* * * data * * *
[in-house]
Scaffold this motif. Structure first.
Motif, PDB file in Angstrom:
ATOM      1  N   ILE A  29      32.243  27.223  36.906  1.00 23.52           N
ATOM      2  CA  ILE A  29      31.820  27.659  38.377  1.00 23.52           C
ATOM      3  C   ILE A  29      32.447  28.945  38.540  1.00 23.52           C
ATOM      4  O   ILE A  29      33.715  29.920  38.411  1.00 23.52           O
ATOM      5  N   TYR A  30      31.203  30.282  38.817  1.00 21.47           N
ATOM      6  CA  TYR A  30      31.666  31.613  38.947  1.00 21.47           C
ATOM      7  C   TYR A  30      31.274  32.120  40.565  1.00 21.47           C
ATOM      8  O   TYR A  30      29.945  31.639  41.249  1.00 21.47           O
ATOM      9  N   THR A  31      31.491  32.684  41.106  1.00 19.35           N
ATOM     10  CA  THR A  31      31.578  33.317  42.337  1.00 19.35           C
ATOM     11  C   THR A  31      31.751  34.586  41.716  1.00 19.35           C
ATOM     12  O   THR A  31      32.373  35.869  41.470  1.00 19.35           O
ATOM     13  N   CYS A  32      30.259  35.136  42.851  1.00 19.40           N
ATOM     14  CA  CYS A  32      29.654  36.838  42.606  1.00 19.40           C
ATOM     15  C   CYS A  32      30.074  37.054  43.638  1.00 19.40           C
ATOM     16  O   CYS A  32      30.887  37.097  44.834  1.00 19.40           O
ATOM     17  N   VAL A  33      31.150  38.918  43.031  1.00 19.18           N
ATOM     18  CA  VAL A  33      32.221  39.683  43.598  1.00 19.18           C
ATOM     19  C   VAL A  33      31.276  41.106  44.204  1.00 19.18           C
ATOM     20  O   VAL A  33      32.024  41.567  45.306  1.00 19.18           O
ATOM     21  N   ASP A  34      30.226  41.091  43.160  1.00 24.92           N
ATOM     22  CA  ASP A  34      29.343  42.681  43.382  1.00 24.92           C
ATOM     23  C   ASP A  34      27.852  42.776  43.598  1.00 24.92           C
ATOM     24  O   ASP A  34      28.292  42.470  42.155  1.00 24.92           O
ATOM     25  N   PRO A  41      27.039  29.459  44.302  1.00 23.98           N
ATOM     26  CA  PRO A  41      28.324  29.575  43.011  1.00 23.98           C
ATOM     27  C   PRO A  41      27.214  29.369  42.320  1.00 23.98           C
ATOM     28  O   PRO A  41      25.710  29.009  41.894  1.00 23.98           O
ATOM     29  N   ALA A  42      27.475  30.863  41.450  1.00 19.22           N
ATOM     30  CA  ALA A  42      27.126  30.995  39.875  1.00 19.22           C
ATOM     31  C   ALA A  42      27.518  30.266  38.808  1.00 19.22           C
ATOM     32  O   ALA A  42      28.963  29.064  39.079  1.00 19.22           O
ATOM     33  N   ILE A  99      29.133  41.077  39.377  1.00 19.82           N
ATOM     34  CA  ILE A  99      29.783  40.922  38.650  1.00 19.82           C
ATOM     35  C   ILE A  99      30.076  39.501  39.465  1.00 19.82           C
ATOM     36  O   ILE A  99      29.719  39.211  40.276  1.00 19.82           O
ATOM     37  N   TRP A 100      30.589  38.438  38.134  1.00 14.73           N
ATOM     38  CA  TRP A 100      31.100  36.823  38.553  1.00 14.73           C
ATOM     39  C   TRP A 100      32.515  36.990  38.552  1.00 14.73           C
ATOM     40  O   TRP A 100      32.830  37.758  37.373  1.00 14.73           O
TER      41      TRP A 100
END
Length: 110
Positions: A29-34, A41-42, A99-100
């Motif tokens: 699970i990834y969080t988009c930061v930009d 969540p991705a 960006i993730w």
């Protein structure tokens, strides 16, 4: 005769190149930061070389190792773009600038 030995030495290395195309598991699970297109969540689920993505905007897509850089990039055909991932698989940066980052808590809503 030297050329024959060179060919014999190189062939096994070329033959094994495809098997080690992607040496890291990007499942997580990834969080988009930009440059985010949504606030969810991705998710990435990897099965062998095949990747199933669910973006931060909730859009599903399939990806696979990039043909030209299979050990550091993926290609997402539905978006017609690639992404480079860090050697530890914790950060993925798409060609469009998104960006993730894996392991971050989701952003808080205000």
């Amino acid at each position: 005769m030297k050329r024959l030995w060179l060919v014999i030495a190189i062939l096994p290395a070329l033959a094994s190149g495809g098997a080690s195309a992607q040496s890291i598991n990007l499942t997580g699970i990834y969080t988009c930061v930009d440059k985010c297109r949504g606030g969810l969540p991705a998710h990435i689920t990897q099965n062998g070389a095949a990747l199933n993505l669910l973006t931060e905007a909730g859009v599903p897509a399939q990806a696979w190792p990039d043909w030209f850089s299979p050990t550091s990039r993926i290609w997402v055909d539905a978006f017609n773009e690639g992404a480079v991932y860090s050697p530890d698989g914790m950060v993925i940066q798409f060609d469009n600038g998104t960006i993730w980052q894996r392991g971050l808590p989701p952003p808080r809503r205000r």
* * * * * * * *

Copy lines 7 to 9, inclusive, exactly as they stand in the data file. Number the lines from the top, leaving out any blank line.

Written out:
ATOM      4  O   ILE A  29      33.715  29.920  38.411  1.00 23.52           O
ATOM      5  N   TYR A  30      31.203  30.282  38.817  1.00 21.47           N
ATOM      6  CA  TYR A  30      31.666  31.613  38.947  1.00 21.47           C